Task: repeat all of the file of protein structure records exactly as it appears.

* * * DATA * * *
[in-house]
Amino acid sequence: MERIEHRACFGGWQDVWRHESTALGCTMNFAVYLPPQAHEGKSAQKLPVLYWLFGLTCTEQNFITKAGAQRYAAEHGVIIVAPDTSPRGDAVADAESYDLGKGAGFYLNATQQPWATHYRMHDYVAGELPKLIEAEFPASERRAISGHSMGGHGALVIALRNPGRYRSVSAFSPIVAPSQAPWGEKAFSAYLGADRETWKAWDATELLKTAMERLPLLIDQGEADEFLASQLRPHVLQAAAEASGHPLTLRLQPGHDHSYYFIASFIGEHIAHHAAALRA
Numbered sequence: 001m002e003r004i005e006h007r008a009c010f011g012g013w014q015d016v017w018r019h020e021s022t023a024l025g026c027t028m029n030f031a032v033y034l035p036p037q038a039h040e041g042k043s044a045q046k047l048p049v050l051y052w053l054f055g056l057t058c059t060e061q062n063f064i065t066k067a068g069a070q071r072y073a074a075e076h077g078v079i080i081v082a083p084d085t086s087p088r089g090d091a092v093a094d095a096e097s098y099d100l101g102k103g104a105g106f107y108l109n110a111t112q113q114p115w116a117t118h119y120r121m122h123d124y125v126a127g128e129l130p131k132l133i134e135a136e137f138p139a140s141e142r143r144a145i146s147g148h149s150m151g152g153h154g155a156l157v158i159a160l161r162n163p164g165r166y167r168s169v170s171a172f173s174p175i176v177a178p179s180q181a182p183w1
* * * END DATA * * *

[in-house]
Amino acid sequence: MERIEHRACFGGWQDVWRHESTALGCTMNFAVYLPPQAHEGKSAQKLPVLYWLFGLTCTEQNFITKAGAQRYAAEHGVIIVAPDTSPRGDAVADAESYDLGKGAGFYLNATQQPWATHYRMHDYVAGELPKLIEAEFPASERRAISGHSMGGHGALVIALRNPGRYRSVSAFSPIVAPSQAPWGEKAFSAYLGADRETWKAWDATELLKTAMERLPLLIDQGEADEFLASQLRPHVLQAAAEASGHPLTLRLQPGHDHSYYFIASFIGEHIAHHAAALRA
Numbered sequence: 001m002e003r004i005e006h007r008a009c010f011g012g013w014q015d016v017w018r019h020e021s022t023a024l025g026c027t028m029n030f031a032v033y034l035p036p037q038a039h040e041g042k043s044a045q046k047l048p049v050l051y052w053l054f055g056l057t058c059t060e061q062n063f064i065t066k067a068g069a070q071r072y073a074a075e076h077g078v079i080i081v082a083p084d085t086s087p088r089g090d091a092v093a094d095a096e097s098y099d100l101g102k103g104a105g106f107y108l109n110a111t112q113q114p115w116a117t118h119y120r121m122h123d124y125v126a127g128e129l130p131k132l133i134e135a136e137f138p139a140s141e142r143r144a145i146s147g148h149s150m151g152g153h154g155a156l157v158i159a160l161r162n163p164g165r166y167r168s169v170s171a172f173s174p175i176v177a178p179s180q181a182p183w1